IN THE LAND OF KEYS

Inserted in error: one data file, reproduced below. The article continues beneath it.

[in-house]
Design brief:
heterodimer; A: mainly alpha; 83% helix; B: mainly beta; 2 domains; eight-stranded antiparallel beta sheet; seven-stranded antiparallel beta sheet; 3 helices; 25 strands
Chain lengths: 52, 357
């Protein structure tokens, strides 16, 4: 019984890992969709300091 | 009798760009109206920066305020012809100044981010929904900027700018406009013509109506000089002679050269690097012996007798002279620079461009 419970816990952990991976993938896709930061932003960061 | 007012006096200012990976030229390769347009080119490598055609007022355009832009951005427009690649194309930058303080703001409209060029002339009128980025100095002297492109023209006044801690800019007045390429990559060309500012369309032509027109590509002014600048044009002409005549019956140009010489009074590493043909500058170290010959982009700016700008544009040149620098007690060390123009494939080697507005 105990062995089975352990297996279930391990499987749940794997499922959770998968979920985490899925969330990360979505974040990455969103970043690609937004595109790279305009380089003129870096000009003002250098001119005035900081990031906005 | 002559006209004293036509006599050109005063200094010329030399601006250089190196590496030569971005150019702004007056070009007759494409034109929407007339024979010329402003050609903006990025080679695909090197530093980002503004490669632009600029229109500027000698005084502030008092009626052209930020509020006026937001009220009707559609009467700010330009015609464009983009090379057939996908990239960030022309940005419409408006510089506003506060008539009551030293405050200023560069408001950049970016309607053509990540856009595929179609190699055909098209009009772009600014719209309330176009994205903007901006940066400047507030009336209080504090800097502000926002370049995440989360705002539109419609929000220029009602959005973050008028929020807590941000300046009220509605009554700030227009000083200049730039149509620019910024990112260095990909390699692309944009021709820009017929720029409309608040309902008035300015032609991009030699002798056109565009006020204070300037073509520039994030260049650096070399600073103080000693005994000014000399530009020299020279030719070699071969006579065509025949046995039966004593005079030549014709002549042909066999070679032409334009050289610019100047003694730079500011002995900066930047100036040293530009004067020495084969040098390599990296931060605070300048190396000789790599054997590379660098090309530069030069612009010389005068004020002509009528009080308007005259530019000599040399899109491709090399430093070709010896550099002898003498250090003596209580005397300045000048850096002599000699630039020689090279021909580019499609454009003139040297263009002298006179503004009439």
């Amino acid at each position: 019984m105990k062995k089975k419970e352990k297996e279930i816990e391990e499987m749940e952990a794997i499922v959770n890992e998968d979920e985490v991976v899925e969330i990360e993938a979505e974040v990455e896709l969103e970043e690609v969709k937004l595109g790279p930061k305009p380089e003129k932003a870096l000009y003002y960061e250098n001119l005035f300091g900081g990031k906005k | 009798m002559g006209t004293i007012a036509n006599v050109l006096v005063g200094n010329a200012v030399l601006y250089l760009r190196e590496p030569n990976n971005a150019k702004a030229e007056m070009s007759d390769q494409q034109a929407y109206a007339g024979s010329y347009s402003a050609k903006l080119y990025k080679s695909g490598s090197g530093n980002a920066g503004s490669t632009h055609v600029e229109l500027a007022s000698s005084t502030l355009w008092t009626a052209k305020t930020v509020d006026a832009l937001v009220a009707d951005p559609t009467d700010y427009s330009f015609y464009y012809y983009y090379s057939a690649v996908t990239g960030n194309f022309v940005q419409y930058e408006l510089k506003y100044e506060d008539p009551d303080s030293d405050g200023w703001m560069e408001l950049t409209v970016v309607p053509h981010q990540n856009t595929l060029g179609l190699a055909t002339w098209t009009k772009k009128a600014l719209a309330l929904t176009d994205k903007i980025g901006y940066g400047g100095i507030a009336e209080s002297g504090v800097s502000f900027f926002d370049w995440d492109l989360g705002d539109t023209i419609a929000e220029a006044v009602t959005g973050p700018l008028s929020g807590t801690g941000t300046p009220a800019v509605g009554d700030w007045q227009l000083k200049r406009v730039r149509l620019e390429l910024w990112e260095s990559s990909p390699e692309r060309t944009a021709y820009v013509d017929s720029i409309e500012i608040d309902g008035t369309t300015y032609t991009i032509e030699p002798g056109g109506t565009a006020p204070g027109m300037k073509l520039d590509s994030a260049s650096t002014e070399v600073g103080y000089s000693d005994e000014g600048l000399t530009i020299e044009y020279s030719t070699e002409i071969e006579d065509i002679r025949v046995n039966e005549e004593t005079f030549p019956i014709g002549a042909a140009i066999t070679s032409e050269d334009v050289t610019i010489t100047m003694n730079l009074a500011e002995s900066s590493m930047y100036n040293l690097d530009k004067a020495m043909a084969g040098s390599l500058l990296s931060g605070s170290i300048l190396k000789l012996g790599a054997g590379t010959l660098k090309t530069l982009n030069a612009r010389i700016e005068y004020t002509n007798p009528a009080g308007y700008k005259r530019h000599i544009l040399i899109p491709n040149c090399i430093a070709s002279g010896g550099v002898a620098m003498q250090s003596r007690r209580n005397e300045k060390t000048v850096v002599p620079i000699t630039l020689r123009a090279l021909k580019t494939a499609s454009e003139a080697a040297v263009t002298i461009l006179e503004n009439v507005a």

By Larry O. Grand